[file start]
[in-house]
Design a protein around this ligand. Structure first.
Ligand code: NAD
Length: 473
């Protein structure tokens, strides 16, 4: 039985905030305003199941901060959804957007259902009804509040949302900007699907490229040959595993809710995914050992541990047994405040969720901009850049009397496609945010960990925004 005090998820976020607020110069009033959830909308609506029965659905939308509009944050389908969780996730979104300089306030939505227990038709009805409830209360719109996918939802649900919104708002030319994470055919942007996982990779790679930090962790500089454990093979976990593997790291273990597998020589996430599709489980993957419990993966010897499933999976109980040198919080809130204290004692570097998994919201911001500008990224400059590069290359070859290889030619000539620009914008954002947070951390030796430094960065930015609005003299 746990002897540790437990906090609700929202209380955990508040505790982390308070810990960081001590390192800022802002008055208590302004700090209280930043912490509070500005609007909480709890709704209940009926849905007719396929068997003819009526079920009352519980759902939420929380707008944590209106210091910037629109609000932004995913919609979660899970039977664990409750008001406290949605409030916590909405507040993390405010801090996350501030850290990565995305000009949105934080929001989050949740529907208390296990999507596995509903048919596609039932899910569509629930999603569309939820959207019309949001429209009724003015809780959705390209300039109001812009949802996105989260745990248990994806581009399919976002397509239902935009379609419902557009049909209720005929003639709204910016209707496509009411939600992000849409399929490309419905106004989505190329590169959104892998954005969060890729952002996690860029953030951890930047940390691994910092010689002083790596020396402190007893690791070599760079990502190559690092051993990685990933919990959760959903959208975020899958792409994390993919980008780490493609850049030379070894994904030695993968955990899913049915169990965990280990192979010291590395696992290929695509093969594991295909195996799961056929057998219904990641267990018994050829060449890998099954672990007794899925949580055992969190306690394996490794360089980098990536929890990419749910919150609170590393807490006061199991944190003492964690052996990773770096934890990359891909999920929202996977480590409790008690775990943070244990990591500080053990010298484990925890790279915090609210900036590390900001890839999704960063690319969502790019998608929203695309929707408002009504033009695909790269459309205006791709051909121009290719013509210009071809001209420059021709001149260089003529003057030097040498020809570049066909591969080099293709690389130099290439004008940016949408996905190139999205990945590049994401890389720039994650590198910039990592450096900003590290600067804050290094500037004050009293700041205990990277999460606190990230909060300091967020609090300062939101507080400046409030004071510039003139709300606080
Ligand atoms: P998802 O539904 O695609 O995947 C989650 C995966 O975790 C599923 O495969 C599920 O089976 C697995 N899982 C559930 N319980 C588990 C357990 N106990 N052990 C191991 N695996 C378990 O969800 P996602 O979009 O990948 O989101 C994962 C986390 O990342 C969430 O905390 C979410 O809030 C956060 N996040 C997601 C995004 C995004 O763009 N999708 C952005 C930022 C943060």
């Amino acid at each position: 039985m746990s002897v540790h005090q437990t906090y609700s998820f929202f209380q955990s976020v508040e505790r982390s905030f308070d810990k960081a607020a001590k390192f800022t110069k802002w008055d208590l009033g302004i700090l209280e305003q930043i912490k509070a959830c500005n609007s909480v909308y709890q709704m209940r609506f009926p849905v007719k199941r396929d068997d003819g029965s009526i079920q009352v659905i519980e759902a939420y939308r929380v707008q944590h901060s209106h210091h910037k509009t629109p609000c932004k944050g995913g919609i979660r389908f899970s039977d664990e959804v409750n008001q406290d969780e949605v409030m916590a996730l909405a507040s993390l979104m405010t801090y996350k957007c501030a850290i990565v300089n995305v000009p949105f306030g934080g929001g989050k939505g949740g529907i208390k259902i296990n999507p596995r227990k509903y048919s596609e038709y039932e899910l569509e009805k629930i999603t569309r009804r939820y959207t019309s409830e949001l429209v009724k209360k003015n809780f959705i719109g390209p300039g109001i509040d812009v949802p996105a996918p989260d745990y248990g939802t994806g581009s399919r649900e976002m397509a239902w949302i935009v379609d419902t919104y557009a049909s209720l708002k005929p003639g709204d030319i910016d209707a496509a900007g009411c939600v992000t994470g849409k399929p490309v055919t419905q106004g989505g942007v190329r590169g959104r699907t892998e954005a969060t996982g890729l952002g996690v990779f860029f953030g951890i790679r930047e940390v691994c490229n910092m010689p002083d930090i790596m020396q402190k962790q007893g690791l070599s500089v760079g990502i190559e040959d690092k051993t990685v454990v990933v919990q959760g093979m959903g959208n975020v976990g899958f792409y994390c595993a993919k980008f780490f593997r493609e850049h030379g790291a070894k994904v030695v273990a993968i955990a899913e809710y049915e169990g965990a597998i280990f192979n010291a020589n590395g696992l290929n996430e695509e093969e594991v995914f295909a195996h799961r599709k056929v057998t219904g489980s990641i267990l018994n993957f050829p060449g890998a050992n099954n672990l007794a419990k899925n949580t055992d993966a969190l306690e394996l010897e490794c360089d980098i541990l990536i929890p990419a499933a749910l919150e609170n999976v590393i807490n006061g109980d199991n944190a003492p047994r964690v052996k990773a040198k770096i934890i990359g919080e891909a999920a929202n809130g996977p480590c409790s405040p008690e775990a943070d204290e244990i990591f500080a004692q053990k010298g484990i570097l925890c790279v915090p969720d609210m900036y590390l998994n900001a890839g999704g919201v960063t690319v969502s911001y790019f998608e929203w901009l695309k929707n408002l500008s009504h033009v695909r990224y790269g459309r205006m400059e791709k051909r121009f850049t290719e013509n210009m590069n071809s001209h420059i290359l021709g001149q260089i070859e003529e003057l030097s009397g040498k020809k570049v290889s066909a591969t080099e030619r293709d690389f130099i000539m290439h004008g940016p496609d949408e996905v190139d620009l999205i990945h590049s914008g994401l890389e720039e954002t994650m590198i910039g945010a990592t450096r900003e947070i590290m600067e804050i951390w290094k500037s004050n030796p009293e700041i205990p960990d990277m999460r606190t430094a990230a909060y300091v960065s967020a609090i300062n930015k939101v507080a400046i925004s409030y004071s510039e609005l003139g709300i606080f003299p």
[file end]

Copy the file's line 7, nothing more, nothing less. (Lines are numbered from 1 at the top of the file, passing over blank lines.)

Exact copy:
């Amino acid at each position: 039985m746990s002897v540790h005090q437990t906090y609700s998820f929202f209380q955990s976020v508040e505790r982390s905030f308070d810990k960081a607020a001590k390192f800022t110069k802002w008055d208590l009033g302004i700090l209280e305003q930043i912490k509070a959830c500005n609007s909480v909308y709890q709704m209940r609506f009926p849905v007719k199941r396929d068997d003819g029965s009526i079920q009352v659905i519980e759902a939420y939308r929380v707008q944590h901060s209106h210091h910037k509009t629109p609000c932004k944050g995913g919609i979660r389908f899970s039977d664990e959804v409750n008001q406290d969780e949605v409030m916590a996730l909405a507040s993390l979104m405010t801090y996350k957007c501030a850290i990565v300089n995305v000009p949105f306030g934080g929001g989050k939505g949740g529907i208390k259902i296990n999507p596995r227990k509903y048919s596609e038709y039932e899910l569509e009805k629930i999603t569309r009804r939820y959207t019309s409830e949001l429209v009724k209360k003015n809780f959705i719109g390209p300039g109001i509040d812009v949802p996105a996918p989260d745990y248990g939802t994806g581009s399919r649900e976002m397509a239902w949302i935009v379609d419902t919104y557009a049909s209720l708002k005929p003639g709204d030319i910016d209707a496509a900007g009411c939600v992000t994470g849409k399929p490309v055919t419905q106004g989505g942007v190329r590169g959104r699907t892998e954005a969060t996982g890729l952002g996690v990779f860029f953030g951890i790679r930047e940390v691994c490229n910092m010689p002083d930090i790596m020396q402190k962790q007893g690791l070599s500089v760079g990502i190559e040959d690092k051993t990685v454990v990933v919990q959760g093979m959903g959208n975020v976990g899958f792409y994390c595993a993919k980008f780490f593997r493609e850049h030379g790291a070894k994904v030695v273990a993968i955990a899913e809710y049915e169990g965990a597998i280990f192979n010291a020589n590395g696992l290929n996430e695509e093969e594991v995914f295909a195996h799961r599709k056929v057998t219904g489980s990641i267990l018994n993957f050829p060449g890998a050992n099954n672990l007794a419990k899925n949580t055992d993966a969190l306690e394996l010897e490794c360089d980098i541990l990536i929890p990419a499933a749910l919150e609170n999976v590393i807490n006061g109980d199991n944190a003492p047994r964690v052996k990773a040198k770096i934890i990359g919080e891909a999920a929202n809130g996977p480590c409790s405040p008690e775990a943070d204290e244990i990591f500080a004692q053990k010298g484990i570097l925890c790279v915090p969720d609210m900036y590390l998994n900001a890839g999704g919201v960063t690319v969502s911001y790019f998608e929203w901009l695309k929707n408002l500008s009504h033009v695909r990224y790269g459309r205006m400059e791709k051909r121009f850049t290719e013509n210009m590069n071809s001209h420059i290359l021709g001149q260089i070859e003529e003057l030097s009397g040498k020809k570049v290889s066909a591969t080099e030619r293709d690389f130099i000539m290439h004008g940016p496609d949408e996905v190139d620009l999205i990945h590049s914008g994401l890389e720039e954002t994650m590198i910039g945010a990592t450096r900003e947070i590290m600067e804050i951390w290094k500037s004050n030796p009293e700041i205990p960990d990277m999460r606190t430094a990230a909060y300091v960065s967020a609090i300062n930015k939101v507080a400046i925004s409030y004071s510039e609005l003139g709300i606080f003299p």